On track with record keeping
You probably already know that animal care professionals are responsible for doing lots of things for the animals they care for, like feeding, cleaning, habitat maintenance, training … the list goes on! But have you wondered how we keep track of everything? How many of you have accidentally fed your dog twice? (No? Just me?) Now imagine keeping up with all 213 birds in the Bird Department. Making sure we’re on top of everything going on in the lives of every individual bird is a daunting task. So today I thought I’d write about record keeping and data management.
…Wait! Come back! It’s interesting, I promise!
The central hub of information for the whole Zoo is a piece of software called Tracks. It was developed by the Denver Zoo and is designed to be a comprehensive tool for keeping track (ha! Get it? Tracks?) of every individual animal living here at the Zoo. Every animal has a unique individual ID number. All sorts of life history information such as hatch dates, parents, how the bird was reared, etc., are kept in each bird’s file. Every day, we add any relevant information, such as the bird’s habitat location, weight, behavior, and any medical notes. These records together tell a story about the bird’s life that can all be found in one central location. This is really important not only for all of the care teams, Zoo managers, and veterinarians who are responsible for the bird’s care, but is also a critical record to pass along if the bird happens to move to a new home.
Birds have some unique aspects about their care that necessitate some more specialized, detailed record-keeping in addition to what we keep in Tracks. For example, many of our birds lay eggs throughout the year. In 2019, the birds at Zoo Atlanta laid 363 eggs! Of course, not all of these eggs were fertile and not all came from birds we wanted to breed. So how do we keep tabs on everything happening? Enter: the egg log. (I promise I won’t wax poetic about my love for Excel). Every egg that’s laid, whether or not it’s fertile, receives a unique egg number for the year. For example, you may have read about the milky eagle owls laying some eggs at the end of last year. Those eggs are #s 360 and 361-2019. These numbers allow us to collect lots of information about each egg so we can look for larger patterns. Lay dates, parents, habitat, location within habitat, date ranges incubated by parents, date ranges in our artificial incubators, and fertility of the egg are just some of the data points that we collect. You may ask, why do we care the exact location that a superb starling lays an egg? Well, one individual piece of data may not be very important in the moment, but it does help up look at larger trends and answer questions like “Which habitats are best-suited for a certain species to lay an egg?” or “What time(s) of year does this species usually breed?” It can also help us track outcomes of our eggs not only as a group, but also on the level of an individual bird.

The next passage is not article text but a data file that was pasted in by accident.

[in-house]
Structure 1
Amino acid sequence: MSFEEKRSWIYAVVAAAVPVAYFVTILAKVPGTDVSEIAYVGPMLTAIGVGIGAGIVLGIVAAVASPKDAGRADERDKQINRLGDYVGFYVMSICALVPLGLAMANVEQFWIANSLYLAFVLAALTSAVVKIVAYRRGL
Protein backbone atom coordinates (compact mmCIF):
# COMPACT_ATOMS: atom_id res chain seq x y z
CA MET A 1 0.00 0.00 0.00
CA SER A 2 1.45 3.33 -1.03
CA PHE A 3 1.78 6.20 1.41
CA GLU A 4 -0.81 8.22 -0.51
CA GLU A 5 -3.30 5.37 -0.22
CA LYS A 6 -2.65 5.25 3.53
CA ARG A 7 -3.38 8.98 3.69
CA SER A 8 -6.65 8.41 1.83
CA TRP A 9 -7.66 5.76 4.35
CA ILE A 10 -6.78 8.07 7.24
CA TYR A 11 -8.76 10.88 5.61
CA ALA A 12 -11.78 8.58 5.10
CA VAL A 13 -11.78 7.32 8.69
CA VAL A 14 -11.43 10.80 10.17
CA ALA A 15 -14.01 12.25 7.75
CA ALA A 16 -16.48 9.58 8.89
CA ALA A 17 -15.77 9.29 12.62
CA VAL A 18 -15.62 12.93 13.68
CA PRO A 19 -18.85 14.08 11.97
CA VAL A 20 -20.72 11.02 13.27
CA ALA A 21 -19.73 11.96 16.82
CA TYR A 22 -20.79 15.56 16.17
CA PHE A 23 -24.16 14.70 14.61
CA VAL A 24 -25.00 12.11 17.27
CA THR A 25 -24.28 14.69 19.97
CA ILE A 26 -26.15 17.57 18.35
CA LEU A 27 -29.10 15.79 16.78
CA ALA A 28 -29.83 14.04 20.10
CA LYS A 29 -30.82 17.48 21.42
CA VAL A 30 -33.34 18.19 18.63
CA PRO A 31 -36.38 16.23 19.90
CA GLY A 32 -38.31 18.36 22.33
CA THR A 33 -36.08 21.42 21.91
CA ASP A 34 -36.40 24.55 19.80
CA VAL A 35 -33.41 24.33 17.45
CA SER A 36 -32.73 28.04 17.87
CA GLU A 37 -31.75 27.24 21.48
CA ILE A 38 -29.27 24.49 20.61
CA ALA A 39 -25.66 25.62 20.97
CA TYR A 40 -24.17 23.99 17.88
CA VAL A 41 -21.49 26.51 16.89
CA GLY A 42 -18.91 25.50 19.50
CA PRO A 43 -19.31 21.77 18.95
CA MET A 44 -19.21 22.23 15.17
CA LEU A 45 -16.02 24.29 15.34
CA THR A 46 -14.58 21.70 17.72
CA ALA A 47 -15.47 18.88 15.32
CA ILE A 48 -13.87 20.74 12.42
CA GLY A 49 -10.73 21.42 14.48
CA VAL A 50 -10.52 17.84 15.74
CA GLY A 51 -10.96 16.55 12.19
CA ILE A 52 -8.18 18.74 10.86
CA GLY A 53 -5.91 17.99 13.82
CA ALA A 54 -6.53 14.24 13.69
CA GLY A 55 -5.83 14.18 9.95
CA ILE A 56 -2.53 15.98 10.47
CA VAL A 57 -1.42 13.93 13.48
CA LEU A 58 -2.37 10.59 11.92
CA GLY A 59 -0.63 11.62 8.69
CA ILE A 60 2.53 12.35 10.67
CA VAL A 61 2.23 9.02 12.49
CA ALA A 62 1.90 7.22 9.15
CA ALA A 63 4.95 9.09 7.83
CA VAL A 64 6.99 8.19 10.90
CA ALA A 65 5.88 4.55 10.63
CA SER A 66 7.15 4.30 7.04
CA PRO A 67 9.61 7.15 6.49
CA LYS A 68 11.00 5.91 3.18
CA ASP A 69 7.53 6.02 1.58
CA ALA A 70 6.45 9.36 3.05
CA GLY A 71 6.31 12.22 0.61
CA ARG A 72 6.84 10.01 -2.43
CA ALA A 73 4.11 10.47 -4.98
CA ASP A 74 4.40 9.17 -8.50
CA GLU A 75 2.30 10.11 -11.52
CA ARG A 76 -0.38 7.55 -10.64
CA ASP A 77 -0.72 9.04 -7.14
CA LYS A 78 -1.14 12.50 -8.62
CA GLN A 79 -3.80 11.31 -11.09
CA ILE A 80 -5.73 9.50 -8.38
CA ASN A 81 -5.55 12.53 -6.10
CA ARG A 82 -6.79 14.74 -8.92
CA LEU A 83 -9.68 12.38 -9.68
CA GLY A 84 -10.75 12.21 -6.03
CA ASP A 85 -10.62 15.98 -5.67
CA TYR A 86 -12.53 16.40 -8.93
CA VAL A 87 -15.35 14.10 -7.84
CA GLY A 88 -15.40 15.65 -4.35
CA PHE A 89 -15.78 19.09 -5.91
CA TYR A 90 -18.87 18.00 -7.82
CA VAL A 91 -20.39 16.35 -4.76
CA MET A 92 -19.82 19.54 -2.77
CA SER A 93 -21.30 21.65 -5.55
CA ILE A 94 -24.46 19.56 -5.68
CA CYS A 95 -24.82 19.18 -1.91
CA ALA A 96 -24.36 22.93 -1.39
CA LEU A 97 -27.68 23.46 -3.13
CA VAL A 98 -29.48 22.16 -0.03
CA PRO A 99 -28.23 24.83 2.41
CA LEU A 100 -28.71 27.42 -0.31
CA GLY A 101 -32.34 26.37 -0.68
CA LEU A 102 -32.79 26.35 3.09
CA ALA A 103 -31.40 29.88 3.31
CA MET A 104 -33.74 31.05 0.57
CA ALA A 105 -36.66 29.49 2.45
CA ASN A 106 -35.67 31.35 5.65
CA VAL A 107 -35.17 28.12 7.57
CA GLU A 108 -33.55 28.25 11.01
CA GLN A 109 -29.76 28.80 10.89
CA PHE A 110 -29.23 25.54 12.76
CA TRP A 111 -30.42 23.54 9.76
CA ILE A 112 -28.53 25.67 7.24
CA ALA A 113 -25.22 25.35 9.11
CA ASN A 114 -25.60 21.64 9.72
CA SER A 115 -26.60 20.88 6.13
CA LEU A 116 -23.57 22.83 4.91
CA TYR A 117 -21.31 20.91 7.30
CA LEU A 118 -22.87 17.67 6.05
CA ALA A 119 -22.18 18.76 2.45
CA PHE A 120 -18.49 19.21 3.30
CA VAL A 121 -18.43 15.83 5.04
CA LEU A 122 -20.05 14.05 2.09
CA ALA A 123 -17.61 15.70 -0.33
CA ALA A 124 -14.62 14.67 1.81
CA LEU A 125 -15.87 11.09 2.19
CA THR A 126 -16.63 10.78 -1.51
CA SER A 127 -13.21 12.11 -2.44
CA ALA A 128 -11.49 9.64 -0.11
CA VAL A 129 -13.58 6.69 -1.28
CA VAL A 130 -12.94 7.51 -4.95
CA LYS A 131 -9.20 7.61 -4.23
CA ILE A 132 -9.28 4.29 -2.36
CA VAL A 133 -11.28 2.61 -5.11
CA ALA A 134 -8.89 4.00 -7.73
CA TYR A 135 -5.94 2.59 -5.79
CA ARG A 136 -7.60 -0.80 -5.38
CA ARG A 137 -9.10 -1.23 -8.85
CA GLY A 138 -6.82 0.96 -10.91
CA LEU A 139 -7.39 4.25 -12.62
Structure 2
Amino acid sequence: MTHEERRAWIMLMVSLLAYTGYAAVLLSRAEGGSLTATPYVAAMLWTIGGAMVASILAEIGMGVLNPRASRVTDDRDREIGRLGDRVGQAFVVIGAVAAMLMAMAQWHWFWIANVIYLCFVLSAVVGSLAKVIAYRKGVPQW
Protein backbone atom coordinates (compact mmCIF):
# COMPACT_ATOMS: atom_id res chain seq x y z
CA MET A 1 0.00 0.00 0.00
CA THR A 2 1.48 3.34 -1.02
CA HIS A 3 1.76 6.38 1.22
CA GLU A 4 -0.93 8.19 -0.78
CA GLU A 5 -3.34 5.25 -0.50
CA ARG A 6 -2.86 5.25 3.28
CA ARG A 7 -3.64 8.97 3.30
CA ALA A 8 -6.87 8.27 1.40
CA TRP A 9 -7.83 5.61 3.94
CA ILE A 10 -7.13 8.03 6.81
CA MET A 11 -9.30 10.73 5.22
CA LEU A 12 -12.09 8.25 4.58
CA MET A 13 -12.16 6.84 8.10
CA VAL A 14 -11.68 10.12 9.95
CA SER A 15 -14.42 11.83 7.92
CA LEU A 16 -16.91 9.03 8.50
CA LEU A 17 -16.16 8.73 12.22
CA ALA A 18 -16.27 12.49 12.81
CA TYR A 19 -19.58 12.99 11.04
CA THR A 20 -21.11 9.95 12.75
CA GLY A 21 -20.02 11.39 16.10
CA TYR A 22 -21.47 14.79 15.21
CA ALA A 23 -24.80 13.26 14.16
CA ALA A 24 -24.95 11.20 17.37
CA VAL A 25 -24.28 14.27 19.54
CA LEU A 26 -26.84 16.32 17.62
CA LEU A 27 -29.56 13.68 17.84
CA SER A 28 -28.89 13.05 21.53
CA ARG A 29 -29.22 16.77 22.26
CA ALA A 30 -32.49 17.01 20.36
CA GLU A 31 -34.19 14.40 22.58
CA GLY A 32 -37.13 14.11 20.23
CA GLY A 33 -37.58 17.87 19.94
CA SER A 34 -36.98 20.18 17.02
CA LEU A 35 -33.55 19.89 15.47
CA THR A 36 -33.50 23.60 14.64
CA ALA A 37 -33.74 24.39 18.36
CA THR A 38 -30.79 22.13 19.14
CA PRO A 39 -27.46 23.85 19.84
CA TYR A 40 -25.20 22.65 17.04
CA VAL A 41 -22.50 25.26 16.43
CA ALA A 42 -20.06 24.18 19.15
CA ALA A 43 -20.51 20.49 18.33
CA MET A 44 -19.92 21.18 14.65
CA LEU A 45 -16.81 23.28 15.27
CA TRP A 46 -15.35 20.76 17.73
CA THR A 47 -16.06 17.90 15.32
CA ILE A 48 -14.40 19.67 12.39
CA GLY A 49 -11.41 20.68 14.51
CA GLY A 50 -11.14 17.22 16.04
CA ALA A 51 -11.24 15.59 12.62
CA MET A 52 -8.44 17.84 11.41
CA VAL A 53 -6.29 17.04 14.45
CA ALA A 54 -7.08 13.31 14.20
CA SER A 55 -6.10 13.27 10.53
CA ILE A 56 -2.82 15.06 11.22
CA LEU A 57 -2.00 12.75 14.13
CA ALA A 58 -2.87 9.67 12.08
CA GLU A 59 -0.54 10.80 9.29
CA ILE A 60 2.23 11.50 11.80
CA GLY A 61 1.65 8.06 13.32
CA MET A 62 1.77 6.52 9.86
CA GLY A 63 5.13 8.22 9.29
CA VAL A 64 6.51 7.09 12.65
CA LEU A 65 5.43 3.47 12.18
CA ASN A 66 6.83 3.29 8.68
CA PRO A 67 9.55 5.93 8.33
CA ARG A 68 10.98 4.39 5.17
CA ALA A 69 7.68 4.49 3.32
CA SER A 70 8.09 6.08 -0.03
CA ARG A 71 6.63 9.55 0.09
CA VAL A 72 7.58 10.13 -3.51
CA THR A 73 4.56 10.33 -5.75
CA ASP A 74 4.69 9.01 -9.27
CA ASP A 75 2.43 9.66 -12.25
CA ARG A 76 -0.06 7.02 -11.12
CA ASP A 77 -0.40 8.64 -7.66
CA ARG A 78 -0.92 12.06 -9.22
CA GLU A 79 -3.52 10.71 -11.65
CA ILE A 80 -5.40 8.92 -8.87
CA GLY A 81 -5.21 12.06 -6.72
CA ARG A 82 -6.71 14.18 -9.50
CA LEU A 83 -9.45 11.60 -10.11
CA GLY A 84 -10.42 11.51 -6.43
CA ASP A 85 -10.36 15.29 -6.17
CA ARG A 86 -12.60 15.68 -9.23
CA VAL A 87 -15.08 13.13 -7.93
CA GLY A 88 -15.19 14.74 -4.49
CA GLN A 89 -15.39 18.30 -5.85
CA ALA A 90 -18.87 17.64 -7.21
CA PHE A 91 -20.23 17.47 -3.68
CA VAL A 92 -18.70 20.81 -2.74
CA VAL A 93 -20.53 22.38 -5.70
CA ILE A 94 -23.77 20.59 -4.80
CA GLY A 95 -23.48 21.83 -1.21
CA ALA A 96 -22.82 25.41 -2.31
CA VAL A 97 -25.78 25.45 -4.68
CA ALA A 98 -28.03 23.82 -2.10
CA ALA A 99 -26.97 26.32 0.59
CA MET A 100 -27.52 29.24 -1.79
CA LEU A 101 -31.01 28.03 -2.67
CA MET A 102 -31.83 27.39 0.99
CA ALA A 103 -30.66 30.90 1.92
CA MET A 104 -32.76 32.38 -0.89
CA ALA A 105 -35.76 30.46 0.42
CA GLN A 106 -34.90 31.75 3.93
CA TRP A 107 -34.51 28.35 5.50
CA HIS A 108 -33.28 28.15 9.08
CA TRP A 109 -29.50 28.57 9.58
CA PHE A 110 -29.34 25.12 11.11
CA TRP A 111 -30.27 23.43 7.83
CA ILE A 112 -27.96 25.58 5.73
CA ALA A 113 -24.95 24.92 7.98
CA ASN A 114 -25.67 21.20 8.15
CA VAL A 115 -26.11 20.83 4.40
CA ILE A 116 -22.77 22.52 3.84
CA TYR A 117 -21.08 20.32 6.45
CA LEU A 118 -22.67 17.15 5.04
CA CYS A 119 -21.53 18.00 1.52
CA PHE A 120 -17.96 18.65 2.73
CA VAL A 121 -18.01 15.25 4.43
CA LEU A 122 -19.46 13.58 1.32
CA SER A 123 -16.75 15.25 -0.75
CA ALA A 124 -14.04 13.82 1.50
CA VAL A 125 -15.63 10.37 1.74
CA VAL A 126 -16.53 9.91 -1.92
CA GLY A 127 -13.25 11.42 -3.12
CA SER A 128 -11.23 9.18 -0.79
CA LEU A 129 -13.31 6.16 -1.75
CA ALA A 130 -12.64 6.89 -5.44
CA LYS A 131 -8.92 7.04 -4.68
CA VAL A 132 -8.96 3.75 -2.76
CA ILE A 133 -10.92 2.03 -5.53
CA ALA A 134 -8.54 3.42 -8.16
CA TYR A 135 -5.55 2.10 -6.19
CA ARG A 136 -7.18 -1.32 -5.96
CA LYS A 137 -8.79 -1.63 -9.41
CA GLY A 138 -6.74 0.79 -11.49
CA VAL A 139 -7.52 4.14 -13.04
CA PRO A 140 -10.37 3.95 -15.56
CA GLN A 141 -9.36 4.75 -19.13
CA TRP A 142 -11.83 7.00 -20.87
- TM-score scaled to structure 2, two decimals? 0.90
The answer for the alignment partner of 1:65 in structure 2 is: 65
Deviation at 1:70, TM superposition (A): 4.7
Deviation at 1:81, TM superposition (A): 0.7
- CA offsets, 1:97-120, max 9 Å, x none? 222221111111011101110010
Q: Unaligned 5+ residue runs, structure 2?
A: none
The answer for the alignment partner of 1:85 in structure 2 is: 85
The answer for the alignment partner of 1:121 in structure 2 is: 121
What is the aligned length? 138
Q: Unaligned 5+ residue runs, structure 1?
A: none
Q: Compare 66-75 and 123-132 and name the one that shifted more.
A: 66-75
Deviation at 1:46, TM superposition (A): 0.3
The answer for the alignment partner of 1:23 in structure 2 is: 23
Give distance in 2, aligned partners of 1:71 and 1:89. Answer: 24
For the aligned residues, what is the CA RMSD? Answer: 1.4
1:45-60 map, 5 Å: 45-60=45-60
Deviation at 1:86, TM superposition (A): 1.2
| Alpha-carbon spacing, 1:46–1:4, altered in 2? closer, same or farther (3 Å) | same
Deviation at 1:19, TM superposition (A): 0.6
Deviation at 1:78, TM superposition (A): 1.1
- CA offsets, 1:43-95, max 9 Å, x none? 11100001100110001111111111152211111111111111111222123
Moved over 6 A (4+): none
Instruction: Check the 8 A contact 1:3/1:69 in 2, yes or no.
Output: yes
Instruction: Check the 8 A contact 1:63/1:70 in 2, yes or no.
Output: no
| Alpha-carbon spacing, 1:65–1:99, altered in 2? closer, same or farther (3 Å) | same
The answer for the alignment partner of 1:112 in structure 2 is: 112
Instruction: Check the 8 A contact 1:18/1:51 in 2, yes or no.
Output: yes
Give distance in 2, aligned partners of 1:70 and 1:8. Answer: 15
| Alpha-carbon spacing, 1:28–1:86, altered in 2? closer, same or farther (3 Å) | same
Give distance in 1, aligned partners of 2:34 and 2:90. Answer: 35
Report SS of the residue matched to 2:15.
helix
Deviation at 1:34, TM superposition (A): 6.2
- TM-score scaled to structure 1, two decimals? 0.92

Record-keeping isn’t exactly the reason most people get into the animal care specialist profession, but it is critical to providing the best possible care to the birds at the Zoo. Knowing this information isn’t just important to the birds living here at Zoo Atlanta; this information is an important contribution to the scientific record. Birds living at the Zoo can be individually identified and we can collect data such as their weights, behaviors, lifespans, etc., that aren’t feasible to collect from their wild counterparts. Knowing this information can help conservationists develop more effective, targeted plans for endangered species.
Keeper III, Birds